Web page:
My wife and I watch more movies at home than we did before the pandemic began. I like watching movies on the couch together. We saw a movie the other evening about the life of singer Ray Charles. I was impressed with how his mom raised him to be so independent in spite of his blindness. My mom raised me to be independent too, even though I wasn’t blind. She told me what a good feeling it would be someday to earn my own money and buy my own things. I was so eager to experience this good feeling that I started doing yard work and shoveling snow when I was in second grade.
My main customers were two elderly neighbors who were sisters. The younger sister gave me the most business and the most advice. She said, “Save your money for a rainy day.” I was confused, since it didn’t seem like you would need more money on a rainy day than on a sunny one. My mom explained that our neighbor meant not to spend my money on frivolous things. After hearing her definition, I concluded that everything I wanted was frivolous, starting with the popsicles and strawberry shortcake bars available on the ice cream truck.
I know a lot of young people are moving back home and living with their parents because of the coronavirus. I am glad there was no pandemic crisis after I left home because I would have had a hard time living with either of my parents. I was too determined to have my own life and didn’t realize that depending on people—including your parents—didn’t have to prevent you from doing that. It took me a while to learn to strike a balance between relying on myself and relying on others.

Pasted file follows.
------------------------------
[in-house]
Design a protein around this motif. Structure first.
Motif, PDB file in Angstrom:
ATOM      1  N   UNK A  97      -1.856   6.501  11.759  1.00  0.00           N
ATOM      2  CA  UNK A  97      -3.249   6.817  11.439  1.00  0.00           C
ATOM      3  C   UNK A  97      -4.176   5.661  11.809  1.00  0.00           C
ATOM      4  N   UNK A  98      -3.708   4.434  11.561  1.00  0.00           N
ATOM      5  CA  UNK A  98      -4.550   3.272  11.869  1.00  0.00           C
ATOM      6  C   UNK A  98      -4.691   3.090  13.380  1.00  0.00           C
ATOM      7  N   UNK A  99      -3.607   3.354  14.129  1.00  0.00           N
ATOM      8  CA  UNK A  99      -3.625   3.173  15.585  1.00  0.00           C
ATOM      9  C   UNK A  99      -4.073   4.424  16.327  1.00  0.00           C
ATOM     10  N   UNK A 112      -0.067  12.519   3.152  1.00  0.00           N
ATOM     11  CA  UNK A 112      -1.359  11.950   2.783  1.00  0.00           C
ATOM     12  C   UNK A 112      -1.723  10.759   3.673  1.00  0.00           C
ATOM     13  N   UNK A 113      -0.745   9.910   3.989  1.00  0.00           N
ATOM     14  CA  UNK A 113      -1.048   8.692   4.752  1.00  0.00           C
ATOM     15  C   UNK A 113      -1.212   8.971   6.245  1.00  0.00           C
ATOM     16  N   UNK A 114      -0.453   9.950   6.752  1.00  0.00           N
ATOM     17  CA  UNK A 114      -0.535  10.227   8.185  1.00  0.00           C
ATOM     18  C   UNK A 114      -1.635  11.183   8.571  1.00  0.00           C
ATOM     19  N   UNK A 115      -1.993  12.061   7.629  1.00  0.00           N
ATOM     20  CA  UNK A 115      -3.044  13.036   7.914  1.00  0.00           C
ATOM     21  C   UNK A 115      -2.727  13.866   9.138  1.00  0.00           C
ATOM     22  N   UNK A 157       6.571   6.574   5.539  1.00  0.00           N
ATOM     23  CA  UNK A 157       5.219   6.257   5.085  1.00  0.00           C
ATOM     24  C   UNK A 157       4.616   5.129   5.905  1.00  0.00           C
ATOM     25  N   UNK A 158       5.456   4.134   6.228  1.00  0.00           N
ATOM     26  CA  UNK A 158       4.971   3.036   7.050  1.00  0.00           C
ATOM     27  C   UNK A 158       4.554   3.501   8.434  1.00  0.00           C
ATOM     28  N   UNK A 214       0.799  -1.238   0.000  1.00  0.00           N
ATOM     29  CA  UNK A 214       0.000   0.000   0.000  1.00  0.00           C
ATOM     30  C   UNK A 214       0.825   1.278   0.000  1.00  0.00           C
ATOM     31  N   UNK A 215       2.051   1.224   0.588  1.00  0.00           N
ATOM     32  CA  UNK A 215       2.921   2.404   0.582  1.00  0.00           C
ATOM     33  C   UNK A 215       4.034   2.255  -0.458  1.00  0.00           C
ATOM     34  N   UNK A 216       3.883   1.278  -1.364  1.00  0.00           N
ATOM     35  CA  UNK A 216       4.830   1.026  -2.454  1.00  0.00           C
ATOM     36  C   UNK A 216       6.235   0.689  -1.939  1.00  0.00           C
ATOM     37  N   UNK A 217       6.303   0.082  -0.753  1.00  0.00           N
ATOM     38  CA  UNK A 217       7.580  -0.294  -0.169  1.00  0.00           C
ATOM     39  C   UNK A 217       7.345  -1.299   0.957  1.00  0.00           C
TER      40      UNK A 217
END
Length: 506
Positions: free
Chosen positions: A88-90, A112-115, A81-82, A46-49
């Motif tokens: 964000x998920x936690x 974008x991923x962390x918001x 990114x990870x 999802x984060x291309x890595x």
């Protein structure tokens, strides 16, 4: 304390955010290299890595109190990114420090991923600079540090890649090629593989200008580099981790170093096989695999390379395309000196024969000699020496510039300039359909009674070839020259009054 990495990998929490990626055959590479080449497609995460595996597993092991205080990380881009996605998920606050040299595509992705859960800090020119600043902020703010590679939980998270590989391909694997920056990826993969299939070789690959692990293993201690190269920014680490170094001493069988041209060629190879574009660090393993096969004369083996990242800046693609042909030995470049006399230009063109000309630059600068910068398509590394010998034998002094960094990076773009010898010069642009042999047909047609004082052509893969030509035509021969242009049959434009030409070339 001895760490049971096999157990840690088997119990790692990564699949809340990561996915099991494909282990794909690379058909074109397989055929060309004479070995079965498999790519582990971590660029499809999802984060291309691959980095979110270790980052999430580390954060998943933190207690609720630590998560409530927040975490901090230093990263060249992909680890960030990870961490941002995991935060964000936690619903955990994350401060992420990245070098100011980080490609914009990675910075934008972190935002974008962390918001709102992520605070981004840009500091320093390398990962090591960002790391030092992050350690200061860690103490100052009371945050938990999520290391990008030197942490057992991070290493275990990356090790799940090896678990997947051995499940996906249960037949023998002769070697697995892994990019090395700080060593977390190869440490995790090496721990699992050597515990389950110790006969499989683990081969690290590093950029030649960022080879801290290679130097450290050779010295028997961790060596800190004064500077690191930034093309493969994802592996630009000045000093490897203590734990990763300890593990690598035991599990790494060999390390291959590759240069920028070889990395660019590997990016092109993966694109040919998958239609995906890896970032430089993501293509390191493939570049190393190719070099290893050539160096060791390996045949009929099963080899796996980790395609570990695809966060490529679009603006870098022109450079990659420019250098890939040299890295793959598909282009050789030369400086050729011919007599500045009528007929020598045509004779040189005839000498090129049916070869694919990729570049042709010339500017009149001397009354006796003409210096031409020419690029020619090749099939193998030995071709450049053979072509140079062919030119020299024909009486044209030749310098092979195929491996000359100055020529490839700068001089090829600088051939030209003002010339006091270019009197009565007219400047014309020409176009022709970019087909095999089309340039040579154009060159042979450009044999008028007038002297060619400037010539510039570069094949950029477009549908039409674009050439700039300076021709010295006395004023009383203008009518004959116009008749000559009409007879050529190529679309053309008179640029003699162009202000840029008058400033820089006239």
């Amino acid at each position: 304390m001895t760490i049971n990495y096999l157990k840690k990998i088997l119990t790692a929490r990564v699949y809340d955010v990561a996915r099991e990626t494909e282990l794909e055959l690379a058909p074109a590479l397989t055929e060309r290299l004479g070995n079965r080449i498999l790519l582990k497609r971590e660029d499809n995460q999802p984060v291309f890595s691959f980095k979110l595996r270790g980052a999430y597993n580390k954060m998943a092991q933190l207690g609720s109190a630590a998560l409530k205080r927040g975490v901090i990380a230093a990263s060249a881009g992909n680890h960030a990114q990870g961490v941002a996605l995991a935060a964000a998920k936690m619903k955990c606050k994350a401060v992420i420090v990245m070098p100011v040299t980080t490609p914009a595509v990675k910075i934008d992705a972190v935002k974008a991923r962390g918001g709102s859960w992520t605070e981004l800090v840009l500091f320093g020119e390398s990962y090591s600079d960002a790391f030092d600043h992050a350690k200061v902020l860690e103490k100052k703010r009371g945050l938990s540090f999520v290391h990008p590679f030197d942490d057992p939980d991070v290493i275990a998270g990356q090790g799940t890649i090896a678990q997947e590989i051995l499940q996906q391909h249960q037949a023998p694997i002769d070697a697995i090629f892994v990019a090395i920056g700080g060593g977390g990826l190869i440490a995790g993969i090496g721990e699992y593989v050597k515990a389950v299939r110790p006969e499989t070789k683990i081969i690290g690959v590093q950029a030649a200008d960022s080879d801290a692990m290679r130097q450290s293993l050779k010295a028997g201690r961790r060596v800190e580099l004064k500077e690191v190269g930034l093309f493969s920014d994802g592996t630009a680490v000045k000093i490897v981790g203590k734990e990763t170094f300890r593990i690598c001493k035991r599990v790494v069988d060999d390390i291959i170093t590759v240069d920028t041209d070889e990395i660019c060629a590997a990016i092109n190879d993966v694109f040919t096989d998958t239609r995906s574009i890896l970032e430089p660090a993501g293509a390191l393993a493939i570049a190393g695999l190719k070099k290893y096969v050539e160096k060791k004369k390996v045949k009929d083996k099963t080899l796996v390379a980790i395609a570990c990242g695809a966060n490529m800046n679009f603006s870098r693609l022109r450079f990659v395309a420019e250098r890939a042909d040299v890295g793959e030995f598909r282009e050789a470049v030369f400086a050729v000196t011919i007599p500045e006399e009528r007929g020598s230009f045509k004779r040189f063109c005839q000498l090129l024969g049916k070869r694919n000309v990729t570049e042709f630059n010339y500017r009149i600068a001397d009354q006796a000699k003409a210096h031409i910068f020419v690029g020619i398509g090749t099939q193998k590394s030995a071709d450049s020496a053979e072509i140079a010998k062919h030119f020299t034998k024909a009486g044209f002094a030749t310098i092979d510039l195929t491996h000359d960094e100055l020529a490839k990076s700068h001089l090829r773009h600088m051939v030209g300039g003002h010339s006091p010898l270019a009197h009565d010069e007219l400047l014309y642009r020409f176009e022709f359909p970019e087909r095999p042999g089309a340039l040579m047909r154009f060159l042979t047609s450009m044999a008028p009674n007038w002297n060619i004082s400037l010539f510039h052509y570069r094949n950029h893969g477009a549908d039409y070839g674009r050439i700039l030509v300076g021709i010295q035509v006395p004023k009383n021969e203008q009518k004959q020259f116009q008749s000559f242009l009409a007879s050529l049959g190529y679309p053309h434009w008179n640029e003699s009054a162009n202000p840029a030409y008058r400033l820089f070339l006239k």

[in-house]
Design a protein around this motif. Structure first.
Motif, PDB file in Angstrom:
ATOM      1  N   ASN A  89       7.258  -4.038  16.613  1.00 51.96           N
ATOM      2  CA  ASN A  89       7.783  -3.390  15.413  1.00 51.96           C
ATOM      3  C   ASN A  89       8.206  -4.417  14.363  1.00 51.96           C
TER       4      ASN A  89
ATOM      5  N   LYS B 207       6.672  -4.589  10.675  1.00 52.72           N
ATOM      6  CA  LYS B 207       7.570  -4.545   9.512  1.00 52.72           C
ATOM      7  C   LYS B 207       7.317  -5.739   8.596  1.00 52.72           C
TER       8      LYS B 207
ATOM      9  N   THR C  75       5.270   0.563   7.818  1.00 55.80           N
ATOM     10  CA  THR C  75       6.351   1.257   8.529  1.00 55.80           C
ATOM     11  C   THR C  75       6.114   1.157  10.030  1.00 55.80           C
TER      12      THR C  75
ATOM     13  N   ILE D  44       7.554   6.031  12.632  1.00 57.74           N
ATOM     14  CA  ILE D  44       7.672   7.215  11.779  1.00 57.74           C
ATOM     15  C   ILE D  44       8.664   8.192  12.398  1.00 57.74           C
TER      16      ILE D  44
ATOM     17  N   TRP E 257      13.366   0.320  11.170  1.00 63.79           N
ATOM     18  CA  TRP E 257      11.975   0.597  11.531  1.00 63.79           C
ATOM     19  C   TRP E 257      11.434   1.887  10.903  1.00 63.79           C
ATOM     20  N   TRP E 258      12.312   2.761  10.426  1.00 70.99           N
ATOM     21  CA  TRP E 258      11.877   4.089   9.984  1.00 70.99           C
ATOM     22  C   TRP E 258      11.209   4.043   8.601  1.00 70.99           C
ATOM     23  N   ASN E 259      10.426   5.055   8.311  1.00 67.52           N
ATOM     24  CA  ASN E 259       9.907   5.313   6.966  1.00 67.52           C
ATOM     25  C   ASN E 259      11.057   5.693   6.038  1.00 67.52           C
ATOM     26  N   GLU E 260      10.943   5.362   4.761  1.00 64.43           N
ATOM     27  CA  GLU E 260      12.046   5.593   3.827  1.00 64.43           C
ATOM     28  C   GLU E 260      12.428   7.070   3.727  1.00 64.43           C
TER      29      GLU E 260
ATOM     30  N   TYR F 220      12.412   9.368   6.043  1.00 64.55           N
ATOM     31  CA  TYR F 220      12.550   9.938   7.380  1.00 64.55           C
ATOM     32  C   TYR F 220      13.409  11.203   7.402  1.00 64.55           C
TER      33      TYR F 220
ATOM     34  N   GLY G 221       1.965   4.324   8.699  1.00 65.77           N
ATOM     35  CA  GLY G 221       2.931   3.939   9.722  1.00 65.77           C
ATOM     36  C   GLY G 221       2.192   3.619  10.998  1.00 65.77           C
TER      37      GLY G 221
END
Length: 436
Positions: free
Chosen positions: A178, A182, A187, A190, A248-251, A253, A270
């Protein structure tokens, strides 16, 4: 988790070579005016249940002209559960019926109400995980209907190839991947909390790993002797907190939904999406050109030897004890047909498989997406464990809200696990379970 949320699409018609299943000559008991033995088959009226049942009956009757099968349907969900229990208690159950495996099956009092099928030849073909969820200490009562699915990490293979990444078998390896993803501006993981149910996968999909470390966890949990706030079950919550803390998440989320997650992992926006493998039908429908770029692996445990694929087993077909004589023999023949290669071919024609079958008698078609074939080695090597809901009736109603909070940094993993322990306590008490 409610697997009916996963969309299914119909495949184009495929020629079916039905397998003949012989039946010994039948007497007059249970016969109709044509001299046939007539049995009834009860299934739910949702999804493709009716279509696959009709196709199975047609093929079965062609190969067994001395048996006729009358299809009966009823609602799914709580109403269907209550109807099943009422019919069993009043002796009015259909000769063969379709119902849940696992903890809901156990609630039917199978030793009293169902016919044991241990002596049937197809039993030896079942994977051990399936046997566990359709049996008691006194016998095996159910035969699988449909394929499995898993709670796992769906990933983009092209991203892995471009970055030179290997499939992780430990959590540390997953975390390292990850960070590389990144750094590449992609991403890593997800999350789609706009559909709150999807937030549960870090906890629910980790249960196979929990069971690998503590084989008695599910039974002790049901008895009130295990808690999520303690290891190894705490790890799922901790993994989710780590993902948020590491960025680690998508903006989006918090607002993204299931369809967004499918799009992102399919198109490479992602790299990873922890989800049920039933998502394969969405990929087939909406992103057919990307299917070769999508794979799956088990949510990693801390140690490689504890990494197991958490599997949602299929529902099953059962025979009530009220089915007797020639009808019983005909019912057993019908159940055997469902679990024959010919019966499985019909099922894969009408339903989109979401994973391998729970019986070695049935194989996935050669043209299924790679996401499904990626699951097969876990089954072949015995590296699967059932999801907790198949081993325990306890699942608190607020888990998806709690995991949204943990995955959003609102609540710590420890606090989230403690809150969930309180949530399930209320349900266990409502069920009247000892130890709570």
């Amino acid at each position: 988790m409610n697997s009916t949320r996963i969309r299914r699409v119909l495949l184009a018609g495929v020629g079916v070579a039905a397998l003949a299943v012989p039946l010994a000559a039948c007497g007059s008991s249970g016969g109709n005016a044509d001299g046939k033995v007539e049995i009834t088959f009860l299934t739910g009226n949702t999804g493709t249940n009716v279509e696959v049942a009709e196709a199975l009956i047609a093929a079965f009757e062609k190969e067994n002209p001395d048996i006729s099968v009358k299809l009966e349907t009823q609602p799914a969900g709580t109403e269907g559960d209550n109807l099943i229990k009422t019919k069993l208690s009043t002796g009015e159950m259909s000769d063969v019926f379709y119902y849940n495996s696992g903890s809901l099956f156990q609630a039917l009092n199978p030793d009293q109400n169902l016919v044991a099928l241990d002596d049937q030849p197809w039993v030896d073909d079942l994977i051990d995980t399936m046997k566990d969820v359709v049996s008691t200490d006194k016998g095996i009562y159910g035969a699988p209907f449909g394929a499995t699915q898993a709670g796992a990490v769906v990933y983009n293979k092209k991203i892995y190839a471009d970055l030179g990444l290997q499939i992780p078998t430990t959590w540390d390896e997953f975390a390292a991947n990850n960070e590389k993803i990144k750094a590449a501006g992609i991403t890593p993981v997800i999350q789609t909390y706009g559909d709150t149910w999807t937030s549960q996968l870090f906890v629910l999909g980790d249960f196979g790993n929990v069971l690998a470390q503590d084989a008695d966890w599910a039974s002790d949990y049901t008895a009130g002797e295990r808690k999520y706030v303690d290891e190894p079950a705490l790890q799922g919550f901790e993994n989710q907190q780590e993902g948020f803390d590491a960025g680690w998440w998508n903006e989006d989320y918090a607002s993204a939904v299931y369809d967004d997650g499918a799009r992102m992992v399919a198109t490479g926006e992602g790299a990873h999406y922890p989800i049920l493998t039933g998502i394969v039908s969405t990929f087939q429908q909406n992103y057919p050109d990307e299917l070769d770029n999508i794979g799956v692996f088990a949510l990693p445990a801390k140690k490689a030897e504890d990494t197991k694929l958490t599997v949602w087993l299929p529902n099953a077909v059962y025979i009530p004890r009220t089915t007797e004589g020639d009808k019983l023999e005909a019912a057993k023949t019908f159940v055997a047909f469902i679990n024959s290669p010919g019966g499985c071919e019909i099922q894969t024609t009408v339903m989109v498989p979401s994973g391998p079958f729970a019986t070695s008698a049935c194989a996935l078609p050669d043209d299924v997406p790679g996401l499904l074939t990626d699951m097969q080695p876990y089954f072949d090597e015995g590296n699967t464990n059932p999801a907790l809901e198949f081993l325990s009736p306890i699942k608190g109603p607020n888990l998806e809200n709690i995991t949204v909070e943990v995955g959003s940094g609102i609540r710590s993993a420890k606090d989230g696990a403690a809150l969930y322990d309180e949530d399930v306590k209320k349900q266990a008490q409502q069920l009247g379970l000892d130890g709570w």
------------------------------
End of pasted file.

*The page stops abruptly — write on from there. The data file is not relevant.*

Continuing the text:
I am still tinkering with the balance after decades of marriage. The balance has changed during this pandemic period. My wife and I have been taking more walks and sharing more meals together since she started working remotely. It will be an adjustment for both of us when she goes back to her regular work schedule—the way it used to be when her maternity leave would come to an end. Only now there is no actual baby to care for—just the part of ourselves that might want to be babied.
I don’t think wanting to be babied is a problem in a relationship, providing you’re also willing to baby your partner. The problems occur when one person starts acting like a mean baby when his needs aren’t met. I don’t think there actually are mean babies, but there definitely are mean people. A supervisor in grad school once observed that the meanest people in the world often tend to be the neediest. From my experience, what leads to anger more than being needy is pretending not to be needy. At some level, we are all needy—or there wouldn’t be so many popular songs with the word baby in the lyrics. In one of James Brown’s song, he sings baby, don’t leave me, even though actual babies don’t leave people because they are in such a dependent position.
Lately, I have been dancing to James Brown’s music before leaving my office at the end of the day. People say that it’s not a good idea to get in the habit of drinking alone, but I think it’s okay to dance alone. The truth is I never feel alone when I’m dancing. I feel connected to all the people who have ever danced to the same music before me. Sometimes I’ll even put in one of my sister’s old cassette tapes like Soul II Soul and feel connected to her. I’m sure she never imagined I would be dancing to one of her old cassette tapes 24 years after her death; needless to say, I never imagined it either.
I hope the holiday season will include some dancing for you too, my dear readers, along with whatever else will make it meaningful under these pandemic circumstances. This blog and your responses to it have helped make the past eight months more meaningful to me. I will be taking a writing break for the next few weeks—and give you a reading break—and we’ll see if I have more to say in the year ahead. I’m hoping I do, because I know I’ll miss you guys when this blog journey comes to an end.